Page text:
Strategic Partnerships, Inc.

By Mary Scott Nabers, CEO of Strategic Paternships, Inc.

Public officials in many parts of the country are testing their own internal teams. Simply put, they are engaging in what is called “managed competition.” Here’s how it works. Private firms are invited to compete with government departments on contracts. The result is that taxpayers can be assured that services are being provided at the lowest possible cost.

Local governments are beginning to solicit proposals from private firms for various services including infrastructure maintenance, facilities maintenance, utilities and water and wastewater projects. The competitive process is considered to be “managed” by the government, which sets guidelines for private and public bidders. This allows the city to conserve resources through the efficient provision of services that naturally result from the competition.

This trend is gaining momentum because it streamlines processes and encourages efficiency.

Examples include the following:

  • The city of Indianapolis was one of the first to adopt managed competition and has become a leader because of its success with this process. Competitive bidding was introduced initially to encourage efficiency and cost savings and to test the validity of in-house operations.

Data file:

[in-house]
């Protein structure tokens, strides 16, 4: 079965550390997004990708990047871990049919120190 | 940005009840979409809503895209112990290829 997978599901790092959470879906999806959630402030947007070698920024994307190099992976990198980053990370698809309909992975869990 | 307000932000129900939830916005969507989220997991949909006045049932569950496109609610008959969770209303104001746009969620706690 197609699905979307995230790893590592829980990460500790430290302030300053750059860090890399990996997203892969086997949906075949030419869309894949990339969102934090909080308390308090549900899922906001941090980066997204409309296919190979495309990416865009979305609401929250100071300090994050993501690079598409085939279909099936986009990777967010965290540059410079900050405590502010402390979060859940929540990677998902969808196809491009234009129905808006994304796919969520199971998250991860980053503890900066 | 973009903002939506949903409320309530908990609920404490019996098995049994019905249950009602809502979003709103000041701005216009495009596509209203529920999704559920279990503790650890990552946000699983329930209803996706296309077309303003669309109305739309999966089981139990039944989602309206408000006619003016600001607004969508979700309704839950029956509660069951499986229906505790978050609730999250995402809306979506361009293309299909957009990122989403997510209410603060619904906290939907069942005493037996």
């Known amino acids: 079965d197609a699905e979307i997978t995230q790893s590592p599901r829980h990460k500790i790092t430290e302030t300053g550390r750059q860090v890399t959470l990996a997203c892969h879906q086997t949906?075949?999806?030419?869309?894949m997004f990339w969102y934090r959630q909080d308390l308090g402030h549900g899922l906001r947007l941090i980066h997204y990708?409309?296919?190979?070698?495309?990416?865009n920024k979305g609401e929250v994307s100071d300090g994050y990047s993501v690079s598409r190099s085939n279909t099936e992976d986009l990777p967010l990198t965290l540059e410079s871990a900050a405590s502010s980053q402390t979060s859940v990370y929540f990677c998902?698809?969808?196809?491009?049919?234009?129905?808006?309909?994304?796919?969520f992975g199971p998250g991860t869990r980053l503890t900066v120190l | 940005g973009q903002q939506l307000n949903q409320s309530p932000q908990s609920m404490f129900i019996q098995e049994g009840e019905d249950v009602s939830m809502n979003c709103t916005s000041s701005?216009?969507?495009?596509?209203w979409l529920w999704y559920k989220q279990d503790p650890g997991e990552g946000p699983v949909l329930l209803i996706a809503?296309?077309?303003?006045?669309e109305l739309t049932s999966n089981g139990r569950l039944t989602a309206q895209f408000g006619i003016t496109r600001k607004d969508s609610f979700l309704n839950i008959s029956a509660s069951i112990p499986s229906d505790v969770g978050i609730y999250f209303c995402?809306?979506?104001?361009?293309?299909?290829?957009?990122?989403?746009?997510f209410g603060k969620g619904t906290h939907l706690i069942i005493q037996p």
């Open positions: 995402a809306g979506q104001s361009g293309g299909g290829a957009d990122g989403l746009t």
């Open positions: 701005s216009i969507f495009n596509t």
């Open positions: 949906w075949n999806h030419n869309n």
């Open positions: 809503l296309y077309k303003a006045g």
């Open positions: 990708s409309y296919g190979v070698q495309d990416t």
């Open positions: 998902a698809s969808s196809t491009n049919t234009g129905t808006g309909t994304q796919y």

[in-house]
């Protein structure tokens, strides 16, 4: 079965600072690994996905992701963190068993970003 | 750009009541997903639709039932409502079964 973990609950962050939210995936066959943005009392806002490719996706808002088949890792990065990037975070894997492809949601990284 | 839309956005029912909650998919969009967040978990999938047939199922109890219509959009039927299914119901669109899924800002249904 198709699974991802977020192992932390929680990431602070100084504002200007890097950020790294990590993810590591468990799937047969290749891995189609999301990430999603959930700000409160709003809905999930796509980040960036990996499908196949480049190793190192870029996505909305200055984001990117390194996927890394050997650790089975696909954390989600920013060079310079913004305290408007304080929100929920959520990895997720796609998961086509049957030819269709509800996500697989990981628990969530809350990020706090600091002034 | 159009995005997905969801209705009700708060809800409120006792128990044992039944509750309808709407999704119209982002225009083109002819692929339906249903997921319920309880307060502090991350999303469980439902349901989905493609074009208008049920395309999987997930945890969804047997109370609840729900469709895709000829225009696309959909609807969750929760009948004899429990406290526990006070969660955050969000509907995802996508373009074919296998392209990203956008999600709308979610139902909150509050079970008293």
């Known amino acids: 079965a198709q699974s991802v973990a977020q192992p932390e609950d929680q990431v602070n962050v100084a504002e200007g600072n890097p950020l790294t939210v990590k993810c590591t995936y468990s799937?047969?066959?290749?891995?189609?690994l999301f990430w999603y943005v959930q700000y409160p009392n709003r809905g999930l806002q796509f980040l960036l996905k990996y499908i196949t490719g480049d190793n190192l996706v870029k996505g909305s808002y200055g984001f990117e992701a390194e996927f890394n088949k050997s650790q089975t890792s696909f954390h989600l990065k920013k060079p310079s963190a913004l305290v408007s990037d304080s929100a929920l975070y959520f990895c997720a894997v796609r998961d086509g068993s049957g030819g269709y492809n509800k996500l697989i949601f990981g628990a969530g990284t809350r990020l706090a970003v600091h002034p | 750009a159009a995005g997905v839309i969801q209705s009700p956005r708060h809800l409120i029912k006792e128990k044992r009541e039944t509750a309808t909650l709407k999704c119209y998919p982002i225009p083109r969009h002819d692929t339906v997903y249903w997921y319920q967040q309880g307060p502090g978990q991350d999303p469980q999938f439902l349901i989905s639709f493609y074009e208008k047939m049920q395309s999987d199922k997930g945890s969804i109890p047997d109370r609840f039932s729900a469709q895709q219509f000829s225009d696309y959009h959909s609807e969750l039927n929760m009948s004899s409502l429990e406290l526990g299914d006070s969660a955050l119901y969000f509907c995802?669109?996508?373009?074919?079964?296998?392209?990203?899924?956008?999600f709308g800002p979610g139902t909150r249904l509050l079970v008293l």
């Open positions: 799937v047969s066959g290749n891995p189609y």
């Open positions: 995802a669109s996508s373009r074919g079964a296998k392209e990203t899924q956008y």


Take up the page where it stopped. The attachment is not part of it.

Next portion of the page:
• Tulsa, Oklahoma, has also adopted the use of managed competition. The city had previously employed a consulting firm to review the cost savings and efficiency generated by this process, and it was found that the Department of Public Works had the most opportunities for managed competition. Interestingly enough, in spite of awarding some contracts to private firms, the city selected city employees for city hall maintenance after a competitive process.
  • The city of Phoenix had outsourced its trash collection since 1979, using managed competition to ensure low costs and efficiency. And, attempting to be even more efficient, the city divided waste collection areas into 10 different contracts which were re-bid every six years each. After 2009, however, city employees won the contracts back from a private sector incumbent firm.
  • Mayor Rahm Emmanuel introduced managed competition into Chicago’s recycling program. Recently, the city accepted bids for the Blue Cart Recycling program, which facilitates the collection of recycling in six separate service areas mapped out by the city. Two separate private companies were selected to manage four of these areas and the city will manage the remaining two.
  • Charlotte officials have implemented a program titled North Carolina’s Managed Competition Program. The program covers a broad spectrum of services including fleet and street maintenance, water services, wastewater utility services and solid waste collections.

This is definitely a trend to watch!

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